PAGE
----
7 Things Drivers Should Know About Parking Tickets and License Suspension

expect parking tickets from this expired meter

Nothing is worse than going back to your car after a nice meal at a restaurant only to find a dreaded parking ticket fluttering on the windshield. As the blood rushes to your head and you begin to sweat, you attempt to calm down and remind yourself that it is no big deal. After you get into your vehicle, you open up the glove compartment and quickly stash the ticket away. You drive home and try to put the thought of the wretched ticket out of your mind. Before you know it, you’ve forgotten about the whole ordeal … and never paid the ticket.

This scenario happens to hundreds of Ontarians every year. Unfortunately, many drivers are unaware of the consequences that failure to pay parking tickets can have on their record and their ability to continue driving. To ensure that you do not get your license suspended for a minor infraction such as failure to pay a parking or speeding ticket, here are 7 things you should know.

  1. According to Ontario law, an offender has 15 days to pay a ticket or dispute the merits of the ticket in court. Following the 15 day limit, the provincial Offences Court has the discretion to suspend your license.
  2. If a ticket has not been paid, a Notice of Suspension will be sent to your mailing address. The Notice of Suspension will indicate the reason for the Notice and the necessary steps that must be taken in order to have your license reinstated. It also includes warnings about the consequences of failure to pay a ticket – including license suspension.
  3. If your license is suspended, this may not be flagged until you renew your license. Despite having a license suspension on record, you should not expect to be notified by representatives of your insurance company, Service Ontario, or the Ministry of Transportation when you go to renew your license or renew your auto insurance. It is up to you to ask questions and ensure that your license is still valid.
  4. Ontarians with unpaid traffic violation tickets will be denied license plate renewals. However, this regulation does not apply to company vehicles or jointly owned vehicles. These official changes are set to be enacted this May and could mean that Ontario drivers are on the hook retroactively for any unpaid parking tickets which date back to the last 7 years.
  5. If you get into an accident while your license is suspended, insurance coverage does not apply. A valid license is a condition of car insurance; without one, you have no protection against motor vehicle accident claims. This means that you could be on the hook for millions of dollars if you are found to be the at-fault driver in a motor vehicle accident. Furthermore, the denial of coverage also means that you will be denied statutory accident benefits should you find yourself injured in a motor vehicle accident and require compensation for medical rehabilitation, attendant care, and income replacement benefits.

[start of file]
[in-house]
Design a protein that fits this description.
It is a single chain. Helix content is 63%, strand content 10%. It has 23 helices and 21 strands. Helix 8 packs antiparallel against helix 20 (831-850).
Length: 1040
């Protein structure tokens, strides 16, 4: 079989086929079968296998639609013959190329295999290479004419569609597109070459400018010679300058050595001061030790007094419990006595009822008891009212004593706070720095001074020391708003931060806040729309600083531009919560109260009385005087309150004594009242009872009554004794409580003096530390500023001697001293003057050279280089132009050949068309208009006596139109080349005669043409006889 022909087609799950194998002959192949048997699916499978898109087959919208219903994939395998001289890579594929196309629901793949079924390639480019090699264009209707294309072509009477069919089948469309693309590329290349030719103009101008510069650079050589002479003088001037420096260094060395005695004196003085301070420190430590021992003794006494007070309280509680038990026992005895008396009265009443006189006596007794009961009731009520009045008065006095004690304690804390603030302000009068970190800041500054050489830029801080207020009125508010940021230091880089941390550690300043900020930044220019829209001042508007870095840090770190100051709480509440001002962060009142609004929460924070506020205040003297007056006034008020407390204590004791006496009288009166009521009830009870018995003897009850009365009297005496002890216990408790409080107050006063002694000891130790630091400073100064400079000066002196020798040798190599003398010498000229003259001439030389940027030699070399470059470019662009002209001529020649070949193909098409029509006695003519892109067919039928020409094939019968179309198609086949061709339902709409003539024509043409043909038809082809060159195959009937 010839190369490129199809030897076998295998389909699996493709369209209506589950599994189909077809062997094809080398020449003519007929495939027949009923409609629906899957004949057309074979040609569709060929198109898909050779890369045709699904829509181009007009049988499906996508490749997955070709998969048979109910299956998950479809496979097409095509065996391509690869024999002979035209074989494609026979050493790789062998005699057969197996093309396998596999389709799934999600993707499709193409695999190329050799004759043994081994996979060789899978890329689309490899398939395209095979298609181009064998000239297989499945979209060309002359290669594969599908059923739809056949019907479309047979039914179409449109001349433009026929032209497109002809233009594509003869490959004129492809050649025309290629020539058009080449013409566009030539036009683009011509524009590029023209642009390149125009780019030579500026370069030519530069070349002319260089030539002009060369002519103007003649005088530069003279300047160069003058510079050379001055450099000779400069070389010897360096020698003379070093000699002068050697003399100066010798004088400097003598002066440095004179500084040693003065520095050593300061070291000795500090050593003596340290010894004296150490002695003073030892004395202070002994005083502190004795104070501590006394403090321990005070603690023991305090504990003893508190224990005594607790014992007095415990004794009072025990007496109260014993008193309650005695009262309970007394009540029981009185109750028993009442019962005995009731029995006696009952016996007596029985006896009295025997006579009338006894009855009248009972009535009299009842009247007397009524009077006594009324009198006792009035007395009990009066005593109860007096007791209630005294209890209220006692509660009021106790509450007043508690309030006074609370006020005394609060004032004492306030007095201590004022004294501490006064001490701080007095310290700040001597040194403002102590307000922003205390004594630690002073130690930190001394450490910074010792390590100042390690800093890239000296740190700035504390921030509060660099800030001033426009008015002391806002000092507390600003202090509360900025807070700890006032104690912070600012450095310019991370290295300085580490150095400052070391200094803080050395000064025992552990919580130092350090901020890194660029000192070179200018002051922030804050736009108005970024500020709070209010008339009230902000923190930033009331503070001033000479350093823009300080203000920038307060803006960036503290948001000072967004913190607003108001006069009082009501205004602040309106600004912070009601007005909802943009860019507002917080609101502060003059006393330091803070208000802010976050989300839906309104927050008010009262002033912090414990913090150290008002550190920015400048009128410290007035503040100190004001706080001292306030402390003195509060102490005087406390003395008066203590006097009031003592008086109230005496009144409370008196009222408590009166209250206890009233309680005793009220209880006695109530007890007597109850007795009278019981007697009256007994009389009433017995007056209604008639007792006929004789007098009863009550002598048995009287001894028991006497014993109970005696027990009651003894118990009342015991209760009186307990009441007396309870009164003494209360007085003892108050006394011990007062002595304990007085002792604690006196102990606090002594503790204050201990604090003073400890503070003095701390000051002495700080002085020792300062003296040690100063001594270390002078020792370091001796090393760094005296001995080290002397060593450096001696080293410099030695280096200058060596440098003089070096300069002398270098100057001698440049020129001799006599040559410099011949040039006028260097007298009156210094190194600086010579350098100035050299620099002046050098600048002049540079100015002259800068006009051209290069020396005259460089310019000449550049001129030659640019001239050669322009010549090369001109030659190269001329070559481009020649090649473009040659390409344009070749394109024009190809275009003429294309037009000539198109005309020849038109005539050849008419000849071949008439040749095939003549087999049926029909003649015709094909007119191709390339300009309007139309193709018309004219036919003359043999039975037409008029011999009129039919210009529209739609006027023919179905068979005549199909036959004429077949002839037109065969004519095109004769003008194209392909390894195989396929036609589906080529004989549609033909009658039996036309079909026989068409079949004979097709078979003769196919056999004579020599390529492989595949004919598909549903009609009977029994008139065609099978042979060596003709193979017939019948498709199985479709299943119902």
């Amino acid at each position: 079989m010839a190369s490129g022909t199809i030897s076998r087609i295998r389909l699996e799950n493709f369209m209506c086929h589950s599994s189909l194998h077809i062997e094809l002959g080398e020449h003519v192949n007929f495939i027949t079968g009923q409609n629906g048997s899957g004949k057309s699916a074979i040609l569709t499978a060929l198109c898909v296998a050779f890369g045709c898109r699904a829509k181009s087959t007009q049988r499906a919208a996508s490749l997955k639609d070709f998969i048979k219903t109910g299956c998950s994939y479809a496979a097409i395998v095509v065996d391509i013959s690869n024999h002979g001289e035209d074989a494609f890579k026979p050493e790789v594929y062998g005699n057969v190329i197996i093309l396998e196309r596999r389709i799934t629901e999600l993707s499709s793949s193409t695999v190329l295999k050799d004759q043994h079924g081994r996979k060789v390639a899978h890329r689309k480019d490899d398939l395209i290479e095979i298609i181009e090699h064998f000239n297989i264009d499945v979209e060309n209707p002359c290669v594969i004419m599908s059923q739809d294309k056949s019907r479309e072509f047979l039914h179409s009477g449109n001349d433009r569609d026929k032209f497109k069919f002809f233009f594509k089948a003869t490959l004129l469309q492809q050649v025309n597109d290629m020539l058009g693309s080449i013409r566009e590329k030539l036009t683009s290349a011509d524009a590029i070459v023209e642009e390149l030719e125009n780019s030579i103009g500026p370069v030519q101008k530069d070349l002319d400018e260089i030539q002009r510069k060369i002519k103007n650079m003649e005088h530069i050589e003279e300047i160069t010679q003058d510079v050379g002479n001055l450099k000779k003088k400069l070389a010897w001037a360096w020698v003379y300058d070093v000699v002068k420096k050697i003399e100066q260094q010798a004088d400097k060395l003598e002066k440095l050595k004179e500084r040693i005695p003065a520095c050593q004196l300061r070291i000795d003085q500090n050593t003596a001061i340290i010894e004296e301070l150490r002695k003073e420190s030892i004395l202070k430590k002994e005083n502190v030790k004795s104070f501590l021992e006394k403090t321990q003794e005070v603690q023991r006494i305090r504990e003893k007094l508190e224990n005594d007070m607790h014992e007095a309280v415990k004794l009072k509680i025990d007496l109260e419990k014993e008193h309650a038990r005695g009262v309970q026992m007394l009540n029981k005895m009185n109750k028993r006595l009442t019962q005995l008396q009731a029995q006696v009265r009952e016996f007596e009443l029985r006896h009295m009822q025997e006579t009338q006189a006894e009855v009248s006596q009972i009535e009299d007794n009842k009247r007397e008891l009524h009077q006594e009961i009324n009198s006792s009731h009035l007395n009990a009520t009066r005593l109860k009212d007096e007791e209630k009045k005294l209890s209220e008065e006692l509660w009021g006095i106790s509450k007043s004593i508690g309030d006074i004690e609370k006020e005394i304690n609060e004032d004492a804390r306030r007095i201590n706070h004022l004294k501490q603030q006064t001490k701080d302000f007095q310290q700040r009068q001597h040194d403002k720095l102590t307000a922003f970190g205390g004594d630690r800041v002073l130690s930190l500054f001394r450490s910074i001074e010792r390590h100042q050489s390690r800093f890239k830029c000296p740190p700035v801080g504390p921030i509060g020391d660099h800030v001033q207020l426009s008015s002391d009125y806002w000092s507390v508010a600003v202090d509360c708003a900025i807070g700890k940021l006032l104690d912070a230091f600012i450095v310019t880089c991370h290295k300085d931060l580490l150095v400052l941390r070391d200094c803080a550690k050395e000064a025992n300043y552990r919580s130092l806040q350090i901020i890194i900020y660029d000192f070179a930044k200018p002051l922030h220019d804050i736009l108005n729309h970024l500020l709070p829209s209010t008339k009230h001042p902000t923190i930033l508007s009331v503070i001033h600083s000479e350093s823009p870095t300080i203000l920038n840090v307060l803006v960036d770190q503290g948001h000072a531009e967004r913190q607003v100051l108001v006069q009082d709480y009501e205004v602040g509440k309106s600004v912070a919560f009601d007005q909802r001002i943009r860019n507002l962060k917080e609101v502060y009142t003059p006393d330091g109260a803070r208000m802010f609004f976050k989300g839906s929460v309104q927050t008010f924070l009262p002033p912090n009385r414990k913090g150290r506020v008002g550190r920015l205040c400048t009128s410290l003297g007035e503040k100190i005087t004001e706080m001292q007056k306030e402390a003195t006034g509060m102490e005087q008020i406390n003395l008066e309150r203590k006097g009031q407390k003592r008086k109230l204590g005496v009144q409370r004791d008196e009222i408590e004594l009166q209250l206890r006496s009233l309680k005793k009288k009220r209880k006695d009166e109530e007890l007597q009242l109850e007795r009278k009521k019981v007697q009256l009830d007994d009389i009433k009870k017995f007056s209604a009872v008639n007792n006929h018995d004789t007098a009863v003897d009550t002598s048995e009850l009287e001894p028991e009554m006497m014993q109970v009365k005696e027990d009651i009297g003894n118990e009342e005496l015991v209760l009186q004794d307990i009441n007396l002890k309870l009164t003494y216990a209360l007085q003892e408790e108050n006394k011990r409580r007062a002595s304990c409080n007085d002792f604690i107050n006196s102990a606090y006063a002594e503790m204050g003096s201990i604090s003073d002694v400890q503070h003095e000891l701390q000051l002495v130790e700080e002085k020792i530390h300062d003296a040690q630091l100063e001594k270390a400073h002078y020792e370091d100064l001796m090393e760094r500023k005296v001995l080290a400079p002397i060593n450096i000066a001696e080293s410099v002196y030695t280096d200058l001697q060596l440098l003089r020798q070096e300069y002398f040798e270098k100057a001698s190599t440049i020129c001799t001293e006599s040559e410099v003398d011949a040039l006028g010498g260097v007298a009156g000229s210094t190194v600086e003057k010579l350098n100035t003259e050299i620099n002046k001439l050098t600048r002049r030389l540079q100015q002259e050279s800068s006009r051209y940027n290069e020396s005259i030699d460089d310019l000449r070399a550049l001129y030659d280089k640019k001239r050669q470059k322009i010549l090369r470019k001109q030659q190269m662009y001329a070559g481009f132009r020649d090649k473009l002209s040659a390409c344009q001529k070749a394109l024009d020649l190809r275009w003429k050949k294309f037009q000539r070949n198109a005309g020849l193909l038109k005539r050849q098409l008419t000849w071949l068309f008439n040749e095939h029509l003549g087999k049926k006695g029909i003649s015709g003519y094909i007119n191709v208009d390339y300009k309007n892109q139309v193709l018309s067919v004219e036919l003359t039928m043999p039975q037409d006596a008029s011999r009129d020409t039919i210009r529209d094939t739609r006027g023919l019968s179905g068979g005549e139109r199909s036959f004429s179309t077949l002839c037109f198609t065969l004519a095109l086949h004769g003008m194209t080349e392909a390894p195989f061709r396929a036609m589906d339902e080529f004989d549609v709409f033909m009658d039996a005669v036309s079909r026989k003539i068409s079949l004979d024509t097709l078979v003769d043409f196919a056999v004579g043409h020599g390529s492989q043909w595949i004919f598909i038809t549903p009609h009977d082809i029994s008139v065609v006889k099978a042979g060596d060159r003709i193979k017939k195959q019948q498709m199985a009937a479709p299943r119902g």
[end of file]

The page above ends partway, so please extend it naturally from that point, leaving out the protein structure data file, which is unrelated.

6. If you do not have a valid license for 3 years, you are required to go through the graduated license program again. This means that you must undergo a vision test, written test, and the G2 and G road tests. In addition, you must pay the applicable fees before having your license reinstated.
  7. Ontarians who use the 407 ETR Highway and refuse to pay their bills on a regular basis will be denied license plate renewal. If a customer fails to pay a bill for over 35 days, a notice is sent to the customer. Upon receiving the notice, a customer has an additional 30 days to pay their bill or dispute it. Following 90 days, the customer is then sent a notice of license plate denial.

Although paying a ticket may be particularly cumbersome, it is essential that you pay the ticket as quickly as possible or take the necessary steps to fight the ticket to avoid any of the consequences of non-payment. Ensuring that you are organized makes all the difference in avoiding unnecessary license suspensions. Drivers must take responsibility for their affairs and recognize that it is  up to YOU to ensure that you are following the regulatory protocol.

If you are unsure about the status of your license or whether you have any outstanding parking tickets that have yet to be paid, contact Service Ontario or the Ministry of Transportation.

Ashley Hayward
Written by

Throughout her time in law school, Ashley worked as a volunteer at CLASP (Osgoode’s legal aid clinic) and volunteered at the Advocacy Centre for the Elderly.

In addition to her volunteer work, Ashley also participated in a project on the costs of health care and assisted in compiling information for a study on advance care planning and consent for the Law Commission of Ontario.

With over 10 years of experience working in the retail sector, Ashley prides herself on developing relationships with clients and ensuring that they receive exemplary service.

Ashley enjoys music, dancing, classic films, fashion, working out, and spending time with family and friends.